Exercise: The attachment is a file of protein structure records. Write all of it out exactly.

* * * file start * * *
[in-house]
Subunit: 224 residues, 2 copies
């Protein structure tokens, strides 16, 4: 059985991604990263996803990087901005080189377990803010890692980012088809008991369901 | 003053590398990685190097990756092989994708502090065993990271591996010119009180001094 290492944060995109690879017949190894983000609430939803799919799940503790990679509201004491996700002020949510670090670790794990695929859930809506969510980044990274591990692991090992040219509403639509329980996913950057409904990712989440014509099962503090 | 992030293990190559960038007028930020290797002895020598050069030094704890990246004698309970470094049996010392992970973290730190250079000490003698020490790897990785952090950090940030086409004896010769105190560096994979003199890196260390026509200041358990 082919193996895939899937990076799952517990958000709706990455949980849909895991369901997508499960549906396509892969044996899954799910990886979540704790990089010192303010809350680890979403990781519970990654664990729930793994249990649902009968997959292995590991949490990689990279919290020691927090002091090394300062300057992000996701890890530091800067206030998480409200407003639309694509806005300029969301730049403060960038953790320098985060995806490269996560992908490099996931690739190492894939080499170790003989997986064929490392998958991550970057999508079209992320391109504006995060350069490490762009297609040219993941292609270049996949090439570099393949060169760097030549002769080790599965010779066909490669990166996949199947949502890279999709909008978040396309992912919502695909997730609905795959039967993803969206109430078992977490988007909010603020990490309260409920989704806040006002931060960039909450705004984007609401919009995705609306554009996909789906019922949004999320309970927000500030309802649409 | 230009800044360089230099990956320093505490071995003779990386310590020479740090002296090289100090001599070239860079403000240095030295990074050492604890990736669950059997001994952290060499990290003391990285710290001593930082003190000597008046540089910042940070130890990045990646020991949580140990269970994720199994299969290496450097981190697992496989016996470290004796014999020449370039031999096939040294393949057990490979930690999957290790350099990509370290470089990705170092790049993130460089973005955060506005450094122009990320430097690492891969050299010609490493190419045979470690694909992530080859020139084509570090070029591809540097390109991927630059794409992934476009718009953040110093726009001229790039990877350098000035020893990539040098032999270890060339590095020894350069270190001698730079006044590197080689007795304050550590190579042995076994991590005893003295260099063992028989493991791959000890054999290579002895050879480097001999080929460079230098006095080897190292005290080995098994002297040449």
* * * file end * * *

[in-house]
Subunit: 224 residues, 2 copies
């Protein structure tokens, strides 16, 4: 059985991604990263996803990087901005080189377990803010890692980012088809008991369901 | 003053590398990685190097990756092989994708502090065993990271591996010119009180001094 290492944060995109690879017949190894983000609430939803799919799940503790990679509201004491996700002020949510670090670790794990695929859930809506969510980044990274591990692991090992040219509403639509329980996913950057409904990712989440014509099962503090 | 992030293990190559960038007028930020290797002895020598050069030094704890990246004698309970470094049996010392992970973290730190250079000490003698020490790897990785952090950090940030086409004896010769105190560096994979003199890196260390026509200041358990 082919193996895939899937990076799952517990958000709706990455949980849909895991369901997508499960549906396509892969044996899954799910990886979540704790990089010192303010809350680890979403990781519970990654664990729930793994249990649902009968997959292995590991949490990689990279919290020691927090002091090394300062300057992000996701890890530091800067206030998480409200407003639309694509806005300029969301730049403060960038953790320098985060995806490269996560992908490099996931690739190492894939080499170790003989997986064929490392998958991550970057999508079209992320391109504006995060350069490490762009297609040219993941292609270049996949090439570099393949060169760097030549002769080790599965010779066909490669990166996949199947949502890279999709909008978040396309992912919502695909997730609905795959039967993803969206109430078992977490988007909010603020990490309260409920989704806040006002931060960039909450705004984007609401919009995705609306554009996909789906019922949004999320309970927000500030309802649409 | 230009800044360089230099990956320093505490071995003779990386310590020479740090002296090289100090001599070239860079403000240095030295990074050492604890990736669950059997001994952290060499990290003391990285710290001593930082003190000597008046540089910042940070130890990045990646020991949580140990269970994720199994299969290496450097981190697992496989016996470290004796014999020449370039031999096939040294393949057990490979930690999957290790350099990509370290470089990705170092790049993130460089973005955060506005450094122009990320430097690492891969050299010609490493190419045979470690694909992530080859020139084509570090070029591809540097390109991927630059794409992934476009718009953040110093726009001229790039990877350098000035020893990539040098032999270890060339590095020894350069270190001698730079006044590197080689007795304050550590190579042995076994991590005893003295260099063992028989493991791959000890054999290579002895050879480097001999080929460079230098006095080897190292005290080995098994002297040449």